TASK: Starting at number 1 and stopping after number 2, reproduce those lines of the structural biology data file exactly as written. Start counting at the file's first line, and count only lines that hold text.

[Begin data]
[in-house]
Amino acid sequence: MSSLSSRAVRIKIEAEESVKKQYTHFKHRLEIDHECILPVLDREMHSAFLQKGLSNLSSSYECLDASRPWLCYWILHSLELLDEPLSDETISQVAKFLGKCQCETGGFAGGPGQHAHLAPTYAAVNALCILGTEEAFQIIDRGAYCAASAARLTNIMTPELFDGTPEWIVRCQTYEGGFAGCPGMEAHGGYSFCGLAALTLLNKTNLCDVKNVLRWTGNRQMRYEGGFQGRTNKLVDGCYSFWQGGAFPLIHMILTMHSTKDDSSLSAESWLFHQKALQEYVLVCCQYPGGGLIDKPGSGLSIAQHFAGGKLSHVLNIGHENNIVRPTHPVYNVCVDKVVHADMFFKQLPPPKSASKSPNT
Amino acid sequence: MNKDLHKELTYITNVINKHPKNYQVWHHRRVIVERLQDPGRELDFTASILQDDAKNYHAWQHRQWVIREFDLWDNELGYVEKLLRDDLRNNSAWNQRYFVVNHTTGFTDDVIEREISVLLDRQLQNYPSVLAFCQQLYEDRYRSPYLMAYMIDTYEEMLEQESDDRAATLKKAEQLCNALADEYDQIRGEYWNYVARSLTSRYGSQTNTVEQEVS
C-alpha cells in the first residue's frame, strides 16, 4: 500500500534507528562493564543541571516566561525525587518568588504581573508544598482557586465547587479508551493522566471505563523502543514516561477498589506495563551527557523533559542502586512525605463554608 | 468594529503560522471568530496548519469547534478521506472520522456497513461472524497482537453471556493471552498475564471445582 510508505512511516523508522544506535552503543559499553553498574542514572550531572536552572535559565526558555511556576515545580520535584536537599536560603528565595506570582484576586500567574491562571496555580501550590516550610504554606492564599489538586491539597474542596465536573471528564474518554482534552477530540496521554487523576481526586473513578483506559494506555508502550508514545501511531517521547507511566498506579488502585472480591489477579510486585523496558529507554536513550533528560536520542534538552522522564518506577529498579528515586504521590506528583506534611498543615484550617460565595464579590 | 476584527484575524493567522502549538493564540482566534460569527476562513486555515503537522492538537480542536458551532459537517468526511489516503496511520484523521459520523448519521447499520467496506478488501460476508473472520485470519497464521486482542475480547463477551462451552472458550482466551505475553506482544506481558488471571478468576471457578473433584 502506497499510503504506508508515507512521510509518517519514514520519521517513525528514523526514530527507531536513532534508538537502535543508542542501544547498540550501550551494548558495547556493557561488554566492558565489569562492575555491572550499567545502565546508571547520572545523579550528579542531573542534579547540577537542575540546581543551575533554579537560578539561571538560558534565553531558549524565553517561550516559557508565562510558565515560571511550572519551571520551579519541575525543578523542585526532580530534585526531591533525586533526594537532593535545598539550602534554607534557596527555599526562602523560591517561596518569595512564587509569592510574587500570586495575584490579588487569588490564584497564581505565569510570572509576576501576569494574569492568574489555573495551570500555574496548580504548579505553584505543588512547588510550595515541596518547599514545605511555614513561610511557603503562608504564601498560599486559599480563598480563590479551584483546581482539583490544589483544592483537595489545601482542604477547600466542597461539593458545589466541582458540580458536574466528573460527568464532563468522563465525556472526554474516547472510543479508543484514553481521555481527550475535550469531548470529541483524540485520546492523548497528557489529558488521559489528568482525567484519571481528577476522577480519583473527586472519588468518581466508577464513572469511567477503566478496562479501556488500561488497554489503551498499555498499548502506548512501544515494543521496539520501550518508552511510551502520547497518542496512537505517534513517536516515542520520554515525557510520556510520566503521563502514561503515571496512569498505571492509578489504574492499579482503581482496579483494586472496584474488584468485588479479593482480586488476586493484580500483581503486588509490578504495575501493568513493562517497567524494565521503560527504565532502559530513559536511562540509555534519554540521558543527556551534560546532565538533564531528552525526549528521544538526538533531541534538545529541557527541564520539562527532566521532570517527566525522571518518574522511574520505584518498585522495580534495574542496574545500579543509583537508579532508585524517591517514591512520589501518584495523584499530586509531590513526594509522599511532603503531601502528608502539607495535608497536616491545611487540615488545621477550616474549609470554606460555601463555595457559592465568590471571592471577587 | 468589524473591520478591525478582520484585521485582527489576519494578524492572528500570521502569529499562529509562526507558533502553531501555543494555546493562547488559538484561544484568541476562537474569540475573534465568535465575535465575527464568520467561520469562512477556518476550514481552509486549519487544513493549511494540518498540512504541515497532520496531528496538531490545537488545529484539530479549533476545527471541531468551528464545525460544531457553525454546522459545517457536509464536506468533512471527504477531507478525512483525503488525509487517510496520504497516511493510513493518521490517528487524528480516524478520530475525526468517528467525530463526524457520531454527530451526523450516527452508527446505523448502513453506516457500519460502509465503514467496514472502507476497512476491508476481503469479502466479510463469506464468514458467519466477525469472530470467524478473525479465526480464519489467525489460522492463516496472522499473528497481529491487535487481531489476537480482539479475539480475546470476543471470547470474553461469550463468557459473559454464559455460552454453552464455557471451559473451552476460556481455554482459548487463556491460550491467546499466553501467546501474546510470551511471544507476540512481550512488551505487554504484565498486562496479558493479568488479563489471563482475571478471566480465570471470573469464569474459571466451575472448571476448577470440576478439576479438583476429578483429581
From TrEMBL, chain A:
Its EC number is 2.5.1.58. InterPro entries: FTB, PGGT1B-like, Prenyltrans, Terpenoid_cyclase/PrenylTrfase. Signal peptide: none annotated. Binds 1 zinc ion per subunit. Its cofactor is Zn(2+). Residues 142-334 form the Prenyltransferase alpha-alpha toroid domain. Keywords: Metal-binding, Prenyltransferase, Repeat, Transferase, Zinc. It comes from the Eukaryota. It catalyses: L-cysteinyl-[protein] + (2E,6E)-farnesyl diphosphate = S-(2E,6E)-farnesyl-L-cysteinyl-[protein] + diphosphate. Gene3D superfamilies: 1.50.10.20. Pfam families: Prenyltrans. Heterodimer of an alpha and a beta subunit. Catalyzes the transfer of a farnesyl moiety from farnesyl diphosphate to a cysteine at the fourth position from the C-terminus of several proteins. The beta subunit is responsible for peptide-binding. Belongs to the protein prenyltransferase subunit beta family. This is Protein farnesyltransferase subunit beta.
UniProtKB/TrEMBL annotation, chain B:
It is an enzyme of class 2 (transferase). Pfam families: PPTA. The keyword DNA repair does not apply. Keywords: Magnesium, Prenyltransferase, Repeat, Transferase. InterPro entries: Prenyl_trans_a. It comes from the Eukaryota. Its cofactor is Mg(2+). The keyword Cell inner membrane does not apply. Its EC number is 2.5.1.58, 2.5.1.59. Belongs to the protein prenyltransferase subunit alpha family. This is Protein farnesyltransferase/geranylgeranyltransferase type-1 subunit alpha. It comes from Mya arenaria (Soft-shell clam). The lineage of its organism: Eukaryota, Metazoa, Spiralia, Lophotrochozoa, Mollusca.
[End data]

[in-house]
Amino acid sequence: MSSLSSRAVRIKIEAEESVKKQYTHFKHRLEIDHECILPVLDREMHSAFLQKGLSNLSSSYECLDASRPWLCYWILHSLELLDEPLSDETISQVAKFLGKCQCETGGFAGGPGQHAHLAPTYAAVNALCILGTEEAFQIIDRGAYCAASAARLTNIMTPELFDGTPEWIVRCQTYEGGFAGCPGMEAHGGYSFCGLAALTLLNKTNLCDVKNVLRWTGNRQMRYEGGFQGRTNKLVDGCYSFWQGGAFPLIHMILTMHSTKDDSSLSAESWLFHQKALQEYVLVCCQYPGGGLIDKPGSGLSIAQHFAGGKLSHVLNIGHENNIVRPTHPVYNVCVDKVVHADMFFKQLPPPKSASKSPNT